Whenever I talk about the guy who left me because I had chlamydia, I am bombarded with questions.
“How did you know you had something?”
“Should I get tested?”
“How did you let that happen?”
The best response I could give is that you know your own body better than anyone else. When something is off, you just know.
Neon green flyers hung all over my college campus promoting how to achieve a “peace of mind” through on-campus STD testing for chlamydia and gonorrhea, the two most common STDs. I wondered if that was what was going on with me.
"I mean, there's no harm in getting tested. I can go for some peace of mind," I thought to myself.
Scheduling an appointment for an STD test is a tense mixture of an awkwardness, fear and relief. I told myself I’d rather know and get treated than just let it mysteriously hang out in my body. Ignorance is not a cure for an STD.
When I arrived at my appointment, I filled out a short paper that asked for my contact information. I answered questions concerning my body. Next, I peed in a cup and went on my merry way.
The woman at the desk told me if I was clean, I wouldn’t hear back from them. But if my test came back positive, I would receive a phone call.
Like any other patient, I was reassuring myself that would be my last time in there. I wasn't going to get a phone call.
However, contrary to all my false positivity, I got a call from a mysterious, unsaved phone number a few days later. I felt totally hollow.
The woman from the desk spoke softly, “You have chlamydia, okay?”
I had to set up another appointment to get medicine, and I felt like someone who just crawled out of a sewer.
I couldn’t get words like dirty, disgusting, undesirable and sleazy out of my head. Isn't that how the universe views people with an STD? For being diagnosed with something so common, I never felt more alone.
I quickly called my best friend and told her everything. I explained how I was terrified to tell the guy I was seeing.
I thought he was going to hate me, and she reassured me he wouldn’t. I was going home that weekend for a week-long break, and we had plans to tell him together.
After a two-hour drive home, I was reunited with my best friend, and we went out for ice cream.
I didn't have an appetite, but I knew she was trying her best to make me feel comfortable.
“Are we ready to do this?” she asked, reaching for my phone. She helped me formulate every message I sent him right down to the punctuation marks. I told him I had something to tell him, and he had to promise not to get mad.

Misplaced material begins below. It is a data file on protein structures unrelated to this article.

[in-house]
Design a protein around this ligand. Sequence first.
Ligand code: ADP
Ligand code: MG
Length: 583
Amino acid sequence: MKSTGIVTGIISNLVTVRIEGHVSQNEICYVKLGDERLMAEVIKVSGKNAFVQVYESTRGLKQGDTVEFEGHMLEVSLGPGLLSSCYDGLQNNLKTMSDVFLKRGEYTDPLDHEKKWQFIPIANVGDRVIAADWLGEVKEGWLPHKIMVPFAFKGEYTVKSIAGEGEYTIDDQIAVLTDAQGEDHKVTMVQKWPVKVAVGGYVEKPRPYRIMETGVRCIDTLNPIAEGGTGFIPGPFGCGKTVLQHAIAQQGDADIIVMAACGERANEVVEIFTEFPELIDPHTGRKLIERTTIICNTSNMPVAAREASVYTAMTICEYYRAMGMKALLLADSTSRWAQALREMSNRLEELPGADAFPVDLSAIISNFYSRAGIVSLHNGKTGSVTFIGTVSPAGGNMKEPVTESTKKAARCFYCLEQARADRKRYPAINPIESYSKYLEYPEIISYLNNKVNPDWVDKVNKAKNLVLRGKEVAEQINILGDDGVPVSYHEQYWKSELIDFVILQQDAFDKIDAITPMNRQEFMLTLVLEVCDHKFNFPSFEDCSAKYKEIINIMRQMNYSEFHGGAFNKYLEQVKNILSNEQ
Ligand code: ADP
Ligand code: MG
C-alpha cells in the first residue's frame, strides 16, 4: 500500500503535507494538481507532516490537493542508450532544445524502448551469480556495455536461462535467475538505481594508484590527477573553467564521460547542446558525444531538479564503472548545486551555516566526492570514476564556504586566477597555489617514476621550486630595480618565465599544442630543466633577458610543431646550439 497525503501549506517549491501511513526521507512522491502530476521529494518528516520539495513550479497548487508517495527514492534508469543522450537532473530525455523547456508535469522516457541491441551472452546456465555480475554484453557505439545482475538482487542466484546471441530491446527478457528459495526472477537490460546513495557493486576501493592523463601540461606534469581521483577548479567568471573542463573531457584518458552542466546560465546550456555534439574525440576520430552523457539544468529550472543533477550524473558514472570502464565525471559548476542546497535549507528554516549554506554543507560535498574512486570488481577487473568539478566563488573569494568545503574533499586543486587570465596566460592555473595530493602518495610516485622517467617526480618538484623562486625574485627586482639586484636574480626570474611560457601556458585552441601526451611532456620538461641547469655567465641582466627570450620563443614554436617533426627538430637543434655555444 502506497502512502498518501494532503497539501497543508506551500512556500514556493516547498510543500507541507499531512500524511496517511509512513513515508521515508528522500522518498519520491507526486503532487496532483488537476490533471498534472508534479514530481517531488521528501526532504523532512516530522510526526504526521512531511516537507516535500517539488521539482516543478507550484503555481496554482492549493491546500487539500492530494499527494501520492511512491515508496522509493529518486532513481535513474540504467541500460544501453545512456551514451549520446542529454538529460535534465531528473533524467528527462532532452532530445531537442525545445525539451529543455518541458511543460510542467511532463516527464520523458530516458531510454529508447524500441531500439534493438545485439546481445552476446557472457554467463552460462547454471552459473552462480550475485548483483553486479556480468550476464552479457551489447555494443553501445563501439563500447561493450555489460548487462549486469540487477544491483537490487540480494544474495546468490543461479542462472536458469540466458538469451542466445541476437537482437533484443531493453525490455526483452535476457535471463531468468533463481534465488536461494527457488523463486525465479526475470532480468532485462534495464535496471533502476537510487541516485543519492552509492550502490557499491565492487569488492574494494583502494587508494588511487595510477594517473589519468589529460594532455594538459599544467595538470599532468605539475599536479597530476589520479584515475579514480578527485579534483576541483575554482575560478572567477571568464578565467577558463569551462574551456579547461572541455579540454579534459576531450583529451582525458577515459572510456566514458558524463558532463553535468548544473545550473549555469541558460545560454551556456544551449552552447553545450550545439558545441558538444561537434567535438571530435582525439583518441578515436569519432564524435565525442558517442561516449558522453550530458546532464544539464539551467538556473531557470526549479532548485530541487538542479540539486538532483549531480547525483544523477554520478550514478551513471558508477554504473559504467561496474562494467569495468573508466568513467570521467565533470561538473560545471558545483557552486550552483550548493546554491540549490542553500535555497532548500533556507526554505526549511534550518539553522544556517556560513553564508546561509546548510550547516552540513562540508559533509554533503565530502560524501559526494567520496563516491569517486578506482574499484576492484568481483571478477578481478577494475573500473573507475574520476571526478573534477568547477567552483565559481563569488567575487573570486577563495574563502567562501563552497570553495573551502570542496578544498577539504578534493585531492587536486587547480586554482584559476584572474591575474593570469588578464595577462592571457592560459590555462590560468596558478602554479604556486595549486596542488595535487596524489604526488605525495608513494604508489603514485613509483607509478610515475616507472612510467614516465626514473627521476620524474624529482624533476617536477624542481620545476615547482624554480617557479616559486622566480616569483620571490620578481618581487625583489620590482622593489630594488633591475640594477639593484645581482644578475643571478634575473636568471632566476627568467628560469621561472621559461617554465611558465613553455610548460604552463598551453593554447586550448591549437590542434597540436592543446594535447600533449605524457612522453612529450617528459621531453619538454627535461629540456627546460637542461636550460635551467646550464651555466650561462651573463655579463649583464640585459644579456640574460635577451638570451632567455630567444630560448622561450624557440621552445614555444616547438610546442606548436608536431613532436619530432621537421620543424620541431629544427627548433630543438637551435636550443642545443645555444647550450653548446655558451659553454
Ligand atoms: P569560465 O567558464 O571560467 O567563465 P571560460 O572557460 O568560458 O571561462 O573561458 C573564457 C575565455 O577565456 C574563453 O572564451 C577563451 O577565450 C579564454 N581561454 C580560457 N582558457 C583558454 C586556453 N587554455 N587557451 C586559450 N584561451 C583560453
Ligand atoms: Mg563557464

“It’s really not that bad,” I said, and he knew what was up.
“Not that bad? What do you have?” he asked. I felt like I had “trashy” written on my forehead.
“Chlamydia,” I said.
He responded with, “OMFG,” which was followed by a brutal, unexpected session of slut-shaming.
He asked me who I was hooking up with besides him, and he made a point to say I was only his second partner. So, there was no way he could have given it to me.
He stopped texting me and tweeted, “and there goes my good mood.”
I started crying into my bowl of pistachio ice cream, and my friend had to grab me by my hand and lead me to the car.
“He had no right to react that way,” she told me. “This shows you what kind of person he is. Don’t ever speak to him again. This isn’t even that bad, and he has no right to treat you this way.”
As much as I wanted to believe her, he only proved the thought I had earlier. Everyone thinks people who have STDs are repulsive. Then, he finally responded, “It was really cool knowing you, but I’m not talking to you anymore. I liked getting to know you. Bye, have a nice life.”
Reflecting on this a year later, STD-free and with a clear head, I’d like to say f*ck you for making me feel like sh*t. Anyone who is sexually active can get an STD; they don’t discriminate.
In 2013 alone, the Center for Disease Control reported 1,401,906 cases of chlamydia alone in the United States, along with 333,004 gonorrhea diagnoses.
Considering these were all people who decided to get tested, these numbers are lower than the actual national number of cases.
You were not worth my misery. You left me alone when I legitimately needed you. You made me feel like I was the only person who ever had an STD in a sea of over one million people.
I felt like complete garbage.
I was always an independent woman and half-expected people to act like this, but damn, this hurt.
I don’t feel ashamed anymore, though. But you should.
You kicked me when I was down, and you abandoned me. What's worse is you aren't even the slightest bit remorseful.
No one chooses to have an STD. I did everything I was supposed to do by getting tested, treated and telling my partner. In turn, you made the conscious decision to walk away.
That is what a truly sh*tty person does to someone he claimed to care about.
Contracting an STD is not something anyone should be embarrassed about. They are infections just like getting a cold, and an infection is something to take seriously. It should not be labeled as “disgusting,” and no one should be judged for it.
Personally, I think chlamydia was a blessing in disguise. It taught me to be more empathetic. It brought the phrase, “treat others the way you want to be treated,” to life.
It also showed what kind of person my partner truly was, and I’m happy we broke things off.
With STDs on the rise, communication with your partner is important. If he or she doesn’t want to talk about it or refuses to get tested, let that serve as a red flag to you. Just about every STD out there can easily be cured or at least treated, so there is nothing to be afraid of.
Half of America’s sexually active population will contract an STD by the time they turn 25. There’s no harm in getting tested, even if you don't have symptoms. Ignoring your body is not doing you or your partners any favors.